How do you talk about reliability?

How do you talk about reliability?

How do your customers? And, your suppliers?

If they are all using MTBF, there is a pretty good chance one or more parties involved have some misunderstanding of MTBF. It’s common for some to think it is a failure free period. Or they don’t count early life or wear-out type failures when doing the calculation.

Product Failure

A product failure is a failure and they all count to the customer who has lost the functionality they expected.

The last time I ran across someone asking for MTBF I asked them what they meant or really wanted. They wanted no or few failures over two years. That was good enough. So, I asked them if 98% surviving over the two years was good enough. It was.

It was a very short discussion.

We both knew that having less than 2% fail over two years was only 2 out every 100 units would failure over the two-year period. No assumptions. No misunderstanding.

Sure, we would need to define ‘failure,’ yet I maintain that if the product doesn’t meet the customer expectations, doesn’t work, works poorly, whatever, it is a failure.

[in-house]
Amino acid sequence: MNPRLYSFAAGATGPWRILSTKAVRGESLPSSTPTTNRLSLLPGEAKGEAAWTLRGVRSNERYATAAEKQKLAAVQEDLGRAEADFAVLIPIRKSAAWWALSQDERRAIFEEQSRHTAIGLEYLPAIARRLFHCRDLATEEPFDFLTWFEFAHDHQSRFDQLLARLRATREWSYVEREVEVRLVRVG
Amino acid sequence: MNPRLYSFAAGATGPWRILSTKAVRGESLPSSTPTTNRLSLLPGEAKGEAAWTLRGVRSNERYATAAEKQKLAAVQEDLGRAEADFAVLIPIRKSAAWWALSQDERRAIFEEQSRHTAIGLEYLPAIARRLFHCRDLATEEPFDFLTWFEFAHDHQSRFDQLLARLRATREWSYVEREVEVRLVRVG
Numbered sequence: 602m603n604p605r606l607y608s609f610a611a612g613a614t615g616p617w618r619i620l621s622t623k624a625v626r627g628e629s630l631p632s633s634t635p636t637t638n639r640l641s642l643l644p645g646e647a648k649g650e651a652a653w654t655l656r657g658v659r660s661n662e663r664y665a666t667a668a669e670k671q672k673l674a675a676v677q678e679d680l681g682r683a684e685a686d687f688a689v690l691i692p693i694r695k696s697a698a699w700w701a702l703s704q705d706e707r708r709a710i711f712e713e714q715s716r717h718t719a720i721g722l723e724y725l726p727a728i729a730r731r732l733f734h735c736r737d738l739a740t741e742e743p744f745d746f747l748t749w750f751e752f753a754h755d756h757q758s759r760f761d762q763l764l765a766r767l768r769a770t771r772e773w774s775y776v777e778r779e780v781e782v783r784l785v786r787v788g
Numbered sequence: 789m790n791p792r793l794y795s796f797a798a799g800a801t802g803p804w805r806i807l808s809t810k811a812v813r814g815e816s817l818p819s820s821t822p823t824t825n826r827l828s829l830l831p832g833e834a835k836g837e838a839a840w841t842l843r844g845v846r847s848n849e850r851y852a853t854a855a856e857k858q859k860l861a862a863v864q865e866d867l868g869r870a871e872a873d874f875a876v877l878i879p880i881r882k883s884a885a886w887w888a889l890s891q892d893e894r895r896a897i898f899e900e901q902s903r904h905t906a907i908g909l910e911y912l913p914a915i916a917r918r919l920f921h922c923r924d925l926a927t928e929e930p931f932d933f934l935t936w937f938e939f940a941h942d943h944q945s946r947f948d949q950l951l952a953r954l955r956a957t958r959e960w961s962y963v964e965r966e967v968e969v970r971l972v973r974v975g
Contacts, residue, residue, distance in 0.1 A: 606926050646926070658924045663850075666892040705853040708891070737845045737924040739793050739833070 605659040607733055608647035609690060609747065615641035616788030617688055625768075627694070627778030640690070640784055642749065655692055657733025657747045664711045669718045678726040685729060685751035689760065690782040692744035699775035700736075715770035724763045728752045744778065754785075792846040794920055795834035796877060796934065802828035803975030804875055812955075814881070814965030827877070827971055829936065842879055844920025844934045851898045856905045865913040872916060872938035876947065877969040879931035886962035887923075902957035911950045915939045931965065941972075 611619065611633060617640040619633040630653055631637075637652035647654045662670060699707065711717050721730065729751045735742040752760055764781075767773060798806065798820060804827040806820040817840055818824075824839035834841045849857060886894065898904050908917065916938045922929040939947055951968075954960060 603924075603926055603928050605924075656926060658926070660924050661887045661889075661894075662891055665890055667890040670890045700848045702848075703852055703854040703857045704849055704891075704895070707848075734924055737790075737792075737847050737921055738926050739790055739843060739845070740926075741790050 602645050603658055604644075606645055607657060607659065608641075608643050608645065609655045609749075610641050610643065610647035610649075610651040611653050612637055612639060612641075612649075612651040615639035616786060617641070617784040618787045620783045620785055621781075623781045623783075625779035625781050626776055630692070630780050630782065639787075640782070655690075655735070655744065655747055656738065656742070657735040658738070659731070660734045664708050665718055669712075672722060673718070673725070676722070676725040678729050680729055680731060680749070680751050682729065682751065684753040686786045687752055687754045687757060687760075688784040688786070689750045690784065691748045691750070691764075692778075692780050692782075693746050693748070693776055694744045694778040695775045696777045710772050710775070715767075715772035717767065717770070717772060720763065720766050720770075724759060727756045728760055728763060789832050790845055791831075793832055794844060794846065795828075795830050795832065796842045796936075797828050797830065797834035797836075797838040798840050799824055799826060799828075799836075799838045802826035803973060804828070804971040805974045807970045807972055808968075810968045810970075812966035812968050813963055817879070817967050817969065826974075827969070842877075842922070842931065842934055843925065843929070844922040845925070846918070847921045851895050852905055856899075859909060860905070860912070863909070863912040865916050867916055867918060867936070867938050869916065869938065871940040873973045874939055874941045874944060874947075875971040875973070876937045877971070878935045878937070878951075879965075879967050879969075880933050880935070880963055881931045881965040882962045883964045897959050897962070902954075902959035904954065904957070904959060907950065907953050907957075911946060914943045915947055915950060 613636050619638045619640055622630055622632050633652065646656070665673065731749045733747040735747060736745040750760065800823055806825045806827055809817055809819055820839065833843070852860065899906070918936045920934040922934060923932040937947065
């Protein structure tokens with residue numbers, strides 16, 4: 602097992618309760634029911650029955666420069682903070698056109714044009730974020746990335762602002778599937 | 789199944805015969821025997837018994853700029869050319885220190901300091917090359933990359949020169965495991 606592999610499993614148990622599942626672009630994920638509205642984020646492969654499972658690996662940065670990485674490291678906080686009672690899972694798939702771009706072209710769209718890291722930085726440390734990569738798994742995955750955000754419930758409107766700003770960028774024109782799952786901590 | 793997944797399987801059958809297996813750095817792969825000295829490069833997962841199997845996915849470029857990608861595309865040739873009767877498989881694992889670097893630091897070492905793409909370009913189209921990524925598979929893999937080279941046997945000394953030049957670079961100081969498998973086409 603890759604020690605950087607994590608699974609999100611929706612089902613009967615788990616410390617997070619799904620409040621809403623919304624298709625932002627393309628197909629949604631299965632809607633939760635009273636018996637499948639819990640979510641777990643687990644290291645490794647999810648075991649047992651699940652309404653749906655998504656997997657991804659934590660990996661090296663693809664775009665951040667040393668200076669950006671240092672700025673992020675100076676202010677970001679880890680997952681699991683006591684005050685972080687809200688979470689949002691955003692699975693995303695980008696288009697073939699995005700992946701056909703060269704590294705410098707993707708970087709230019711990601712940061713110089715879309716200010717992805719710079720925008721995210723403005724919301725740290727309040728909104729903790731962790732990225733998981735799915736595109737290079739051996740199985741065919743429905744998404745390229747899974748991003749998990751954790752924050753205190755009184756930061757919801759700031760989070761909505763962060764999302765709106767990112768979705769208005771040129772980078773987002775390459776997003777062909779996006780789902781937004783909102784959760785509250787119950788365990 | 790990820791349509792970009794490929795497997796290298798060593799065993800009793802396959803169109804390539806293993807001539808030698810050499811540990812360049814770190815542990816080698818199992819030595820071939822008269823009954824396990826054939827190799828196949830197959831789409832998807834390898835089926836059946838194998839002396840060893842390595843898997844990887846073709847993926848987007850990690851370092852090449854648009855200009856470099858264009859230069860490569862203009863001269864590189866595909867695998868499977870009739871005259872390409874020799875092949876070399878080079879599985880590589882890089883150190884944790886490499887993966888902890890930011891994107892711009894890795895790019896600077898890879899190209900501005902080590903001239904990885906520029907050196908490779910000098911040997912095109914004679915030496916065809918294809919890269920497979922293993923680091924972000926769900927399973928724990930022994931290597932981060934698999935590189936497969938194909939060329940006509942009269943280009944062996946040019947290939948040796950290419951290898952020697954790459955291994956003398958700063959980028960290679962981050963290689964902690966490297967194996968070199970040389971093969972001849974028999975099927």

The customer defines failure whether we agree with them or not.

Full reliability specification

Most reliability treaties define reliability at some point as including four elements.

  1. Function – what the product is supposed to do.
  2. Environment – where and under what conditions.
  3. Probability – how many will survive without failure
  4. Duration – over what period of time or cycles.

It is really simple.


My reliability specification recommendations are

  1. Ask what they mean — get a full reliability specification.
  2. Find out what is a failure for the customer?
  3. Use a percentage surviving over a specific time frame. Be clear.

And, by all means, as soon as someone mentions MTBF – ask they what they mean by that term.

About Fred Schenkelberg

I am an experienced reliability engineering and management consultant with my firm FMS Reliability. My passion is working with teams to create cost-effective reliability programs that solve problems, create durable and reliable products, increase customer satisfaction, and reduce warranty costs.

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